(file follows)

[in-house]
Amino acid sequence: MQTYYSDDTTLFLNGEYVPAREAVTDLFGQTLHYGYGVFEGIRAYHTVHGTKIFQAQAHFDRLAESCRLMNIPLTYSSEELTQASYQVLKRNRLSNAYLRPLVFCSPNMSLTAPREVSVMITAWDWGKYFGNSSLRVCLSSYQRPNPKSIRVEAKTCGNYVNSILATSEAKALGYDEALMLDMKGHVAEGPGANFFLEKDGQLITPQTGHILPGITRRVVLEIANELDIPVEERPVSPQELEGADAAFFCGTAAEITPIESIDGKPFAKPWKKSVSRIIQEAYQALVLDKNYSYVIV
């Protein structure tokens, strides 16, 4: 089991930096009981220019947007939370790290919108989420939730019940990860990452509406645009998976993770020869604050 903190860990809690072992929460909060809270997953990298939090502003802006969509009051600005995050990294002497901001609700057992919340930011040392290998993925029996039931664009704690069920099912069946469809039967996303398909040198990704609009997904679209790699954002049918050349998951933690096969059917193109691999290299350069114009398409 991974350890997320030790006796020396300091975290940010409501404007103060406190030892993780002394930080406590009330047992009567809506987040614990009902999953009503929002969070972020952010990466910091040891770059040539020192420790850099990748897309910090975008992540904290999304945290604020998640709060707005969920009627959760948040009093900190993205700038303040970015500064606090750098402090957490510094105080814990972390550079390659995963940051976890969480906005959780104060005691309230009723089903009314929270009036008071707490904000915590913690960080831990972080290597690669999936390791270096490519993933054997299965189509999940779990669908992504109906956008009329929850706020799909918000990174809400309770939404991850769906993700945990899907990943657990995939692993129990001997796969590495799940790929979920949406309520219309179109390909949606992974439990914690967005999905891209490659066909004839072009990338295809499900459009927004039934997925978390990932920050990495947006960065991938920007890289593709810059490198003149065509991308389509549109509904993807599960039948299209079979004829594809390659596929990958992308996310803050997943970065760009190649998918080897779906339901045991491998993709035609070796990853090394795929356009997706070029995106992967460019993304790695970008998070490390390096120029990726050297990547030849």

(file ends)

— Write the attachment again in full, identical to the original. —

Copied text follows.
[in-house]
Amino acid sequence: MQTYYSDDTTLFLNGEYVPAREAVTDLFGQTLHYGYGVFEGIRAYHTVHGTKIFQAQAHFDRLAESCRLMNIPLTYSSEELTQASYQVLKRNRLSNAYLRPLVFCSPNMSLTAPREVSVMITAWDWGKYFGNSSLRVCLSSYQRPNPKSIRVEAKTCGNYVNSILATSEAKALGYDEALMLDMKGHVAEGPGANFFLEKDGQLITPQTGHILPGITRRVVLEIANELDIPVEERPVSPQELEGADAAFFCGTAAEITPIESIDGKPFAKPWKKSVSRIIQEAYQALVLDKNYSYVIV
């Protein structure tokens, strides 16, 4: 089991930096009981220019947007939370790290919108989420939730019940990860990452509406645009998976993770020869604050 903190860990809690072992929460909060809270997953990298939090502003802006969509009051600005995050990294002497901001609700057992919340930011040392290998993925029996039931664009704690069920099912069946469809039967996303398909040198990704609009997904679209790699954002049918050349998951933690096969059917193109691999290299350069114009398409 991974350890997320030790006796020396300091975290940010409501404007103060406190030892993780002394930080406590009330047992009567809506987040614990009902999953009503929002969070972020952010990466910091040891770059040539020192420790850099990748897309910090975008992540904290999304945290604020998640709060707005969920009627959760948040009093900190993205700038303040970015500064606090750098402090957490510094105080814990972390550079390659995963940051976890969480906005959780104060005691309230009723089903009314929270009036008071707490904000915590913690960080831990972080290597690669999936390791270096490519993933054997299965189509999940779990669908992504109906956008009329929850706020799909918000990174809400309770939404991850769906993700945990899907990943657990995939692993129990001997796969590495799940790929979920949406309520219309179109390909949606992974439990914690967005999905891209490659066909004839072009990338295809499900459009927004039934997925978390990932920050990495947006960065991938920007890289593709810059490198003149065509991308389509549109509904993807599960039948299209079979004829594809390659596929990958992308996310803050997943970065760009190649998918080897779906339901045991491998993709035609070796990853090394795929356009997706070029995106992967460019993304790695970008998070490390390096120029990726050297990547030849």